operate quite independently of the other, our intuition is that frequently these two inhibitory tactics will function in tandem to prevent perceivers from stereotyping others. Considerable evidence points to this conclusion. As Wegner's ( 1994) research has revealed on numerous occasions, people believe that the road to behavioral mastery resides in the ability to control their minds. By not thinking about cookies, one can resist the temptation of eating them; by not thinking about frozen margaritas, one can avoid the temptation of drinking them; and by not thinking about stereotypes, one can avoid the temptation of expressing them. Thought suppression, in other words, facilitates behavioral inhibition. A similar conclusion is furnished by Mischel et al. ( 1989) on the basis of their research on children's ability to delay gratification. They observed that children who engaged in cognitive inhibition (e.g., thinking distracting thoughts, singing to themselves) were better able to withhold a behavioral response than their counterparts who did not engage in such activities. Thus, cognitive inhibition is a tactic that can foster successful behavioral control.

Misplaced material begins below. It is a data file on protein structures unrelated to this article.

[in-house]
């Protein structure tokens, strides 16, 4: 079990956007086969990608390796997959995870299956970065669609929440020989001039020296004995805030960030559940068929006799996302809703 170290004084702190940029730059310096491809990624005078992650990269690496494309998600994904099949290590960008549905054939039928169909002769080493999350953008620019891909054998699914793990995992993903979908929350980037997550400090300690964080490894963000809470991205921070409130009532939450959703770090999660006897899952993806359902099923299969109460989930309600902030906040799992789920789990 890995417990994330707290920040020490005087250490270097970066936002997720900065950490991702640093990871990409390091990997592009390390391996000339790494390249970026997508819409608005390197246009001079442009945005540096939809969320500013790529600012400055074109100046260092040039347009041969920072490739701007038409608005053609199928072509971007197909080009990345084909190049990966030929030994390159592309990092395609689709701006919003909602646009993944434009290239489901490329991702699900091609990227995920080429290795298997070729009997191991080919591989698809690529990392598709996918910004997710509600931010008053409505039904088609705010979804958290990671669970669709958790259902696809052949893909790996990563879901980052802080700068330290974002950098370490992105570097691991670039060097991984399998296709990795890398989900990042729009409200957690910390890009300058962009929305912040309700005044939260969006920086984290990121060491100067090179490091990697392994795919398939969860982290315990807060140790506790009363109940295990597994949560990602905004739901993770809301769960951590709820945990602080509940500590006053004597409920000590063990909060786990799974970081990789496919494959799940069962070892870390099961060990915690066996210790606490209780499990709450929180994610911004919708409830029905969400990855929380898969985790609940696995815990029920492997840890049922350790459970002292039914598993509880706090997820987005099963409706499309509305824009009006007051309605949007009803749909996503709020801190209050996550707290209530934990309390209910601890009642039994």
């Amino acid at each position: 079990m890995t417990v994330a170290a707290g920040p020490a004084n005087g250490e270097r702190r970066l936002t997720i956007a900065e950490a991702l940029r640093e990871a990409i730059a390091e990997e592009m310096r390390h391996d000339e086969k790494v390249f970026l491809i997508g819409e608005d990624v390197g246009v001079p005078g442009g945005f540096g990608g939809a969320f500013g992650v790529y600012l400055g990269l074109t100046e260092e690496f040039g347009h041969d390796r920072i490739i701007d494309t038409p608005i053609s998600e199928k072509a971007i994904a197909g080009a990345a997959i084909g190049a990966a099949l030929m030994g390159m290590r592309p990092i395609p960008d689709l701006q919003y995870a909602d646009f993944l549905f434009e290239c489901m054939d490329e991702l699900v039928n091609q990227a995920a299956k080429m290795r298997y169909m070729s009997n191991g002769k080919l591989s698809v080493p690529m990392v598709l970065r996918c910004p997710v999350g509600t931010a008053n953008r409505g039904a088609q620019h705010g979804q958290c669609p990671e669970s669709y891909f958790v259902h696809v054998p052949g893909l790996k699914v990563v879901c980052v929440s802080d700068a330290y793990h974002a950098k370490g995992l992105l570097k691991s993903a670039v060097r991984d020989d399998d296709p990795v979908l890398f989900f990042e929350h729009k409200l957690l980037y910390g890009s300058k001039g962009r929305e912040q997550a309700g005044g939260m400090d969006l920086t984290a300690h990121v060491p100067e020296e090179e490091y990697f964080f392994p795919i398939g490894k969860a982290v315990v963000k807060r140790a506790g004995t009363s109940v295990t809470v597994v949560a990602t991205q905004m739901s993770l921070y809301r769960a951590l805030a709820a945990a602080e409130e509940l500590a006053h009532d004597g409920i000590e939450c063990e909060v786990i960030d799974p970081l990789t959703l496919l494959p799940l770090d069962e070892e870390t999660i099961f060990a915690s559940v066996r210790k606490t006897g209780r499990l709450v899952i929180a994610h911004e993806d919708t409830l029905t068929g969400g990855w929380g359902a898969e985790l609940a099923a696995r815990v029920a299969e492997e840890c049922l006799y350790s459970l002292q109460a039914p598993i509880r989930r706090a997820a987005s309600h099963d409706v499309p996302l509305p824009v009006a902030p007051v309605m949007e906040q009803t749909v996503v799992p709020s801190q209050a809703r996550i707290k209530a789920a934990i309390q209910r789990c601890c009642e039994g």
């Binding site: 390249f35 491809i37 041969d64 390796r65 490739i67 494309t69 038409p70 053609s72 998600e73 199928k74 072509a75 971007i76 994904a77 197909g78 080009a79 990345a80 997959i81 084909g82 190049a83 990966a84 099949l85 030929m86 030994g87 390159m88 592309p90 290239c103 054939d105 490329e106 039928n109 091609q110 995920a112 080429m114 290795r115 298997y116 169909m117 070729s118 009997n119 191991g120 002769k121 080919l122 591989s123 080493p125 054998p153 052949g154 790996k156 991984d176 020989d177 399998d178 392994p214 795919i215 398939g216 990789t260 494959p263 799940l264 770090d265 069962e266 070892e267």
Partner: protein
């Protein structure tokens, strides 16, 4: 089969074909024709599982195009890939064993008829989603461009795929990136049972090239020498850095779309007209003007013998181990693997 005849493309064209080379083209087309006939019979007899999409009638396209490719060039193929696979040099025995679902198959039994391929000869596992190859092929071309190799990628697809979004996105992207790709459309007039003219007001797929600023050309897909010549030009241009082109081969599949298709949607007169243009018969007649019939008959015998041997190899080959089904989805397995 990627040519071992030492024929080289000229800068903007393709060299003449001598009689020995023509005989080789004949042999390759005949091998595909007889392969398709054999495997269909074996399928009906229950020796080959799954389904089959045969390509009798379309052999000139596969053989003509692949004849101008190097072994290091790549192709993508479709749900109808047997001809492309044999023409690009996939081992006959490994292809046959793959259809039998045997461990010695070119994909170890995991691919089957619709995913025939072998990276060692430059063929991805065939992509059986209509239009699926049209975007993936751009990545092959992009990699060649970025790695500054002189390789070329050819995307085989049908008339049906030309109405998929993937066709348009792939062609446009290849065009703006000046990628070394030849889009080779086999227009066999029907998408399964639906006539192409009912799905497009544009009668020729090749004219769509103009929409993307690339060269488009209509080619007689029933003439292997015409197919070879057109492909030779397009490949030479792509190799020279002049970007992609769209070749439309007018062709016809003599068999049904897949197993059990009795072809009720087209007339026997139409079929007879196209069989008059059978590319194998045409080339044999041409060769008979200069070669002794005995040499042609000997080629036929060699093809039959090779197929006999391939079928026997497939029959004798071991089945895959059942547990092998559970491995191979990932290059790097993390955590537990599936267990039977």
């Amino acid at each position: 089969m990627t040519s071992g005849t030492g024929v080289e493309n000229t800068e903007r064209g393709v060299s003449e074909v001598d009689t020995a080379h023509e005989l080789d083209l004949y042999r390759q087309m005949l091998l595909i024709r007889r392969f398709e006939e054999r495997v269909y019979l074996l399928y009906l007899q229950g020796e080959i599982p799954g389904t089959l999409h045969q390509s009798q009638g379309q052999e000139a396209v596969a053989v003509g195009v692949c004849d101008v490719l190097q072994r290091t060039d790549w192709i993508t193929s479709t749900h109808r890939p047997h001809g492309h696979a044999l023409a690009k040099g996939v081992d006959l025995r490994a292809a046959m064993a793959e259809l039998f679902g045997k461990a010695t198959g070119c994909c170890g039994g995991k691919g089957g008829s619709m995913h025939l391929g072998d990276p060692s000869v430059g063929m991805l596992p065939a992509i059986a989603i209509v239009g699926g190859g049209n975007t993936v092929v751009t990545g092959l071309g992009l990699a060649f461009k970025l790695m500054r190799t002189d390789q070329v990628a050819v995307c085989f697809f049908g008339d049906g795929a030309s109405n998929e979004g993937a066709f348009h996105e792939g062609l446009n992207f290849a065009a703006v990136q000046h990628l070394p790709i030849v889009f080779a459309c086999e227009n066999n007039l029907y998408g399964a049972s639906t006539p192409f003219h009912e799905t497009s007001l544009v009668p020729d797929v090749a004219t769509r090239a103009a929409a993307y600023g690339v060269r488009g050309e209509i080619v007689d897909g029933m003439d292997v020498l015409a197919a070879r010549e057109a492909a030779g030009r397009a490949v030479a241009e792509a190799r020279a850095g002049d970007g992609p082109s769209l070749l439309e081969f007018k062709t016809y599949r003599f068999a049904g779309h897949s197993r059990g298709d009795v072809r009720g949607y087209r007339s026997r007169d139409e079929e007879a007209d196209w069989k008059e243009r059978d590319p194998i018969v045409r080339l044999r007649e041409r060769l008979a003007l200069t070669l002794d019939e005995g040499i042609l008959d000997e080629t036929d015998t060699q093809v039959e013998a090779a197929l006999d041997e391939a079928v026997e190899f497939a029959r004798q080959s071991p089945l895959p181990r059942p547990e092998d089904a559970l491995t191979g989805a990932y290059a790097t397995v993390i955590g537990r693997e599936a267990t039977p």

Recent years have witnessed a surge of interest in the questions of how, why, and when stereotypes influence people's evaluations of others ( Brewer, 1988; Fiske & Neuberg, 1990; Hamilton & Sherman, 1994). In the present chapter we have focused particular attention on the related issue of how fundamental components of stereotyping are modulated by major classes of facilitatory and dampening influences. In so doing, we have presented a theoretical framework that implicates both lateral inhibitory mechanisms and processes of hierarchical control in the regulation of stereotyping. As a preliminary step to delineating how perceivers may control aspects of the stereotyping process, the present framework is revealing. What remains clear, however, is that inhibitory mechanisms will occupy a prominent position in social-cognitive investigations of person perception in the years ahead. It is with considerable enthusiasm that we anticipate the appearance of this work.
We are very grateful to Bob Wyer for numerous valuable suggestions.